Shannon at the Renmin University of China


The preparation period for a summer school abroad is quite a tricky time. I found out that I had been accepted to study in China during my mid-year examinations, not the most prime time. I had to juggle the excitement of planning my trip and researching all the sights I wanted to see, as well as registering for my summer school courses, booking a visa appointment, checking for reasonably priced flights and securing accommodation. All of this over and above preparing and studying for my crucial third year examinations. Although it was a lot to deal with, thanks to good time-management and caffeine, I managed to get through it.

The visa application was effortless, I booked an appointment online (it isn’t necessary to make an appointment, but it is recommended) and handed over a folder of documents (passport, copy of passport, photos, admission letters, flight details etc) to the official helping me at the Chinese consulate. 3 days later I returned to collect my passport and visa. Piece of cake!

Having never been to China before I was completely in the dark as to what to expect on my travels and what to bring with me. I am going to compose a short ‘Must-have’ list that would have helped me so much having been here:

  1. Coffee: If you enjoy a daily Hazz cappuccino in Stellenbosch, this is a MUST BRING! The coffee in China either tastes like dirty dishwater or costs you an arm and a leg.
  2. Stomach medication: I have an adventurous palate and a strong stomach. Well, I thought I did until the third week of eating Chinese food.
  3. Bedding: The mattresses are cardboard thin, as are the pillows.
  4. Food for breakfast: Rice for breakfast gets a bit tiresome, so instant oats were my life-saver and Pronutro bars kept me sane.
  5. Rain jacket and umbrella
  6. Insect repellent!!!

Some other important advice that I wish I knew before I came, in Beijing most of the shops do not accept credit cards or world traveller cards (from Bidvest etc). Using cash or paying with WeChat (a concept I don’t fully understand) is practically the only way of doing transactions here.

In general, the preparation period was extremely exciting. SU International at Stellenbosch University were very helpful and I was in constant contact with a representative official from Renmin University who was always willing to answer my questions, and very promptly at that. Renmin University also allocates each foreign student a ‘buddy’ who is a full-time student at Renmin. My buddy was very helpful and if you have any questions, personal or general, they tend to be very eager to help and assist in any way possible. I recommend asking absolutely everything that is worrying you beforehand, it may seem like you’re being annoying, but rather come here fully prepared.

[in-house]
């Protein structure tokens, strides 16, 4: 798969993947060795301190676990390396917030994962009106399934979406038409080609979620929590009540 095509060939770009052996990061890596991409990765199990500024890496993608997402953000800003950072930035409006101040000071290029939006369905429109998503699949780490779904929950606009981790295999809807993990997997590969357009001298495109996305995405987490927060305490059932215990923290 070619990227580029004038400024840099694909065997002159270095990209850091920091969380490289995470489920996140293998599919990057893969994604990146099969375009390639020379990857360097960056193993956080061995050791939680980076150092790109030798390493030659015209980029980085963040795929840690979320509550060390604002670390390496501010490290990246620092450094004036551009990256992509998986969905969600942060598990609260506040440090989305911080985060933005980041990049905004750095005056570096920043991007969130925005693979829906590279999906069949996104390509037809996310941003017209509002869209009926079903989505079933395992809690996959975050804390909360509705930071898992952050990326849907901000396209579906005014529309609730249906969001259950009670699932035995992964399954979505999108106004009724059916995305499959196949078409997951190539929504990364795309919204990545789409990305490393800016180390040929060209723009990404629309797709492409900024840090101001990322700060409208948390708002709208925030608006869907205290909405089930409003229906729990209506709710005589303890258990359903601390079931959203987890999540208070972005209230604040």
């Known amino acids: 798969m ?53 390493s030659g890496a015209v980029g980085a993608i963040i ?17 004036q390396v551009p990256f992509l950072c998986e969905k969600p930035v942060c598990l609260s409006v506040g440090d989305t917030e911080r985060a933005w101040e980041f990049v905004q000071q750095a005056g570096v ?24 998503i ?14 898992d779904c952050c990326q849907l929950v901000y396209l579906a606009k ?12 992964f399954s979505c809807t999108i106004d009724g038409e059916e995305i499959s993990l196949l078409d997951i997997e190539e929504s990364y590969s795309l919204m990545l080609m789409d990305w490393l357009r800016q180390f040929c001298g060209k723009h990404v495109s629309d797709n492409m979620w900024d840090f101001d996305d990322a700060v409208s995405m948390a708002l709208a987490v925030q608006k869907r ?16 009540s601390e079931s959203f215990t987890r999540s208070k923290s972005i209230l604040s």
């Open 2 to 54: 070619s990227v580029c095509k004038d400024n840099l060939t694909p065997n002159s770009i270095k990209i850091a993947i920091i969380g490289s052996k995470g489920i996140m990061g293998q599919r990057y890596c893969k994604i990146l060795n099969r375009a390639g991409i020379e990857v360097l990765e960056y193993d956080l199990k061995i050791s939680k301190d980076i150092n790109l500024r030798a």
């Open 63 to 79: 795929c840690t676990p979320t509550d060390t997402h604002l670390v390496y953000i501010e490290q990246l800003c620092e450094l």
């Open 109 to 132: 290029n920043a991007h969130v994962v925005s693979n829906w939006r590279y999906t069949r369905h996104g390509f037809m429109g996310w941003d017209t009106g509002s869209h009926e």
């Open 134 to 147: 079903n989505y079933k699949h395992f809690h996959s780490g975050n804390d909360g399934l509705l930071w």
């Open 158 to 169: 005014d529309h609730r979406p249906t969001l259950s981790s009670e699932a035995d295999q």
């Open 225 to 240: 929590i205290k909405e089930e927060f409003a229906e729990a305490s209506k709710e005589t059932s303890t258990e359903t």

I landed at Beijing airport after a rather ‘interesting’ journey. I flew SAA from O.R Tambo International airport to Hong Kong and then AirChina to Beijing. My flight in Hong Kong was delayed, and this was when I realized that there was a serious language barrier. Throughout my stay in China my communication with locals was either through a friend who could speak Mandarin, or more commonly, by pointing and rather original hand gestures accompanied by frantic google-translate searches. At first this was very daunting, but you quickly get used to it and the challenge becomes enjoyable.

My first thought when I landed in Beijing was, “How can I already be sweating?” Well, get used to the sweat because it is your constant companion for the next month. It is humid and boiling hot every day, even when it is raining (pouring more like it). Unfortunately, the rumours about the pollution are true, most days there is a smoggy haze overhead and the air has a chemical smell. However, it was never bad enough to warrant wearing a mask and I got used to it quite quickly.

My favourite aspect of the Summer School was that I met some of the most interesting and incredible people during my stay in Beijing,  people from all different paths of life visiting from every inch of the globe. I made friends that I know I will keep in touch with, and I have already planned to visit them in my next overseas adventure, whenever that materialises. Meeting a good group of friends to travel with made all the difference, on days when I didn’t want to go on solo adventures (which I thoroughly enjoyed) I would just send a message to the WeChat group we were all part of, and every time at least one other person would join your travels for the day. The nightlife in Beijing was a highlight for me, I had some of the most fun I have ever had and most night ‘jols’ continued into day ‘jols’. However, spoiler alert, the concept of a ‘cold beer’ does not exist… even if the beers are in the fridge, they will still be lukewarm.